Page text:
We are but sojourners on this path called life. We are not meant nor built to last for long. With this perspective; how we choose to be today could be how our transient life is remembered tomorrow.

blessings,
@BrianLoging (Twitter)
thewannabesaint.com

the Path We Walk

A few months ago I spoke with someone who was heartbroken over the life choices being made by someone they cared for deeply. It was an agonizing conversation and a stark reminder of how little control we have over another’s path. We fool ourselves rather easily when it comes to those we care for and the way their life ultimately unfolds. We like to think we can convince them to turn around, take a right or left, choose the way we believe is best for them. In truth, this power eludes us. We have no more real control over another being than waves that roll on the ocean, a moon staying in orbit, whether or not the sun shines. Good or bad, right or wrong, negative or positive another’s ability to set out on a course cannot be diverged from unless the other chooses to do so or gives their power over to someone or something else.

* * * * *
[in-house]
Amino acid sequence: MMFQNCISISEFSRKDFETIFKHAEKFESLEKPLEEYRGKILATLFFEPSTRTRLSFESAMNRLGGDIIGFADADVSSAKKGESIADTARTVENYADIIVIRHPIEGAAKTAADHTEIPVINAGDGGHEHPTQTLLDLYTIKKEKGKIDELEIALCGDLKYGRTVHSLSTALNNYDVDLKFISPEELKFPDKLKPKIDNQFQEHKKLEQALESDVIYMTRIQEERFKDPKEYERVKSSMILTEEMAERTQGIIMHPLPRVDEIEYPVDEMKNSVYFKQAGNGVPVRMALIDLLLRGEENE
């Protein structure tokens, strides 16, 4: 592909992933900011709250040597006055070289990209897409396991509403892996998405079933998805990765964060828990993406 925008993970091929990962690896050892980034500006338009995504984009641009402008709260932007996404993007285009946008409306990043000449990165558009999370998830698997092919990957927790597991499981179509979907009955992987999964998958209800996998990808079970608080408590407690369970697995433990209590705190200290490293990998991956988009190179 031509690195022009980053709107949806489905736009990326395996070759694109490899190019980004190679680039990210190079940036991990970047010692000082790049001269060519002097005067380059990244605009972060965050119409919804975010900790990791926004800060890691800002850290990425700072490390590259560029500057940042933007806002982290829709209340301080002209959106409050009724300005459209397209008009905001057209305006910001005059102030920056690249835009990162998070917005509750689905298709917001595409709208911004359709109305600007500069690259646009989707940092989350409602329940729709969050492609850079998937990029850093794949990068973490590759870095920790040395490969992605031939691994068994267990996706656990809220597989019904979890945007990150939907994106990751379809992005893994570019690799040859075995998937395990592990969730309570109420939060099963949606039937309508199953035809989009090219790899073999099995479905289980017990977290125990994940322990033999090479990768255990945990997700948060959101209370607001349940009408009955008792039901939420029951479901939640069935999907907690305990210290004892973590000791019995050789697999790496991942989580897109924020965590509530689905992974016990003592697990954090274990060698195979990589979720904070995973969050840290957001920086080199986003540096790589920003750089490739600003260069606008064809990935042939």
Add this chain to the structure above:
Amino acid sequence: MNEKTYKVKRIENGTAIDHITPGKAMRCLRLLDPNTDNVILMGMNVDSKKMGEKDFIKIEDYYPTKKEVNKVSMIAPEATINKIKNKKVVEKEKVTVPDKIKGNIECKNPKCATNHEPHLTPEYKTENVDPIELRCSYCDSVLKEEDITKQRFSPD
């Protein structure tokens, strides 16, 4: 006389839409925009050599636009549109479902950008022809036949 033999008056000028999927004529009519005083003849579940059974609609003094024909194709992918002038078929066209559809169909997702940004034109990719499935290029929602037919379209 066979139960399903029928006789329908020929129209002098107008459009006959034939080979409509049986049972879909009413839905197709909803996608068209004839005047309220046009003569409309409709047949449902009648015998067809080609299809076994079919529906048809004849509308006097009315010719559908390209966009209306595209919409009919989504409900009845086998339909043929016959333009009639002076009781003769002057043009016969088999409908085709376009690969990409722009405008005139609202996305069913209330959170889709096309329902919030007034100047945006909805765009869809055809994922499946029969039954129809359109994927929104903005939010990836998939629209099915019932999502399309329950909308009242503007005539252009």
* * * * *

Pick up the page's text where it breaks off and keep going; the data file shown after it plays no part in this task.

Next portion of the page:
What we do have control over is our reaction to their actions, our responses to their choices. Will love or rejection be the way, grace or condemnation shown, presence or absence in one whose life choices we struggle with, don’t understand, would change if we were able. One of the hardest and most difficult battles in life is the acceptance that each of us choose our path and the ultimate destination.

blessings,
@BrianLoging (Twitter)
http://www.thewannabesaint.com